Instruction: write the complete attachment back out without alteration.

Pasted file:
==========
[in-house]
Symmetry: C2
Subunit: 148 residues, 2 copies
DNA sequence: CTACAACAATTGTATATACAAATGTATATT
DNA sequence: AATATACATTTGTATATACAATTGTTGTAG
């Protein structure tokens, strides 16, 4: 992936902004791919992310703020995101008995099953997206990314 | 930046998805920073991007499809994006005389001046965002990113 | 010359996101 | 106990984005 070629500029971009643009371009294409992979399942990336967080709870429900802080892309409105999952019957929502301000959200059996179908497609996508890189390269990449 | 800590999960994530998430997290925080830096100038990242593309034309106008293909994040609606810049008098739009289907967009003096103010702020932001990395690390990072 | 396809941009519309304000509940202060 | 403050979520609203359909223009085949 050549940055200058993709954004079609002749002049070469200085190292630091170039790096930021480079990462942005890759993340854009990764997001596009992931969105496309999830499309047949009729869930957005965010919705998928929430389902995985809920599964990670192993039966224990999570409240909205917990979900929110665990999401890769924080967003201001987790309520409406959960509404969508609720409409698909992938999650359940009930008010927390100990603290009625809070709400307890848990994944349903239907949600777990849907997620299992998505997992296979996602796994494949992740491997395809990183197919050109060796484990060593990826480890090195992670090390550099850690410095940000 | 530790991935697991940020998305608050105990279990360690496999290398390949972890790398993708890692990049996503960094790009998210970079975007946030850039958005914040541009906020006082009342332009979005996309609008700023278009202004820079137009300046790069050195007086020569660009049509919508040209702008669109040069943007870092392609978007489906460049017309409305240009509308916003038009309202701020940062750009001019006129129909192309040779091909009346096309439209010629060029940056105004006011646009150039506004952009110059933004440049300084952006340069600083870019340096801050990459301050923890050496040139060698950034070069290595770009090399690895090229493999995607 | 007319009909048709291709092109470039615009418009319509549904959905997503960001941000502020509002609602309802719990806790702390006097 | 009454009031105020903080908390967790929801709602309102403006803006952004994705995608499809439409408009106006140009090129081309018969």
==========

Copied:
[in-house]
Symmetry: C2
Subunit: 148 residues, 2 copies
DNA sequence: CTACAACAATTGTATATACAAATGTATATT
DNA sequence: AATATACATTTGTATATACAATTGTTGTAG
């Protein structure tokens, strides 16, 4: 992936902004791919992310703020995101008995099953997206990314 | 930046998805920073991007499809994006005389001046965002990113 | 010359996101 | 106990984005 070629500029971009643009371009294409992979399942990336967080709870429900802080892309409105999952019957929502301000959200059996179908497609996508890189390269990449 | 800590999960994530998430997290925080830096100038990242593309034309106008293909994040609606810049008098739009289907967009003096103010702020932001990395690390990072 | 396809941009519309304000509940202060 | 403050979520609203359909223009085949 050549940055200058993709954004079609002749002049070469200085190292630091170039790096930021480079990462942005890759993340854009990764997001596009992931969105496309999830499309047949009729869930957005965010919705998928929430389902995985809920599964990670192993039966224990999570409240909205917990979900929110665990999401890769924080967003201001987790309520409406959960509404969508609720409409698909992938999650359940009930008010927390100990603290009625809070709400307890848990994944349903239907949600777990849907997620299992998505997992296979996602796994494949992740491997395809990183197919050109060796484990060593990826480890090195992670090390550099850690410095940000 | 530790991935697991940020998305608050105990279990360690496999290398390949972890790398993708890692990049996503960094790009998210970079975007946030850039958005914040541009906020006082009342332009979005996309609008700023278009202004820079137009300046790069050195007086020569660009049509919508040209702008669109040069943007870092392609978007489906460049017309409305240009509308916003038009309202701020940062750009001019006129129909192309040779091909009346096309439209010629060029940056105004006011646009150039506004952009110059933004440049300084952006340069600083870019340096801050990459301050923890050496040139060698950034070069290595770009090399690895090229493999995607 | 007319009909048709291709092109470039615009418009319509549904959905997503960001941000502020509002609602309802719990806790702390006097 | 009454009031105020903080908390967790929801709602309102403006803006952004994705995608499809439409408009106006140009090129081309018969």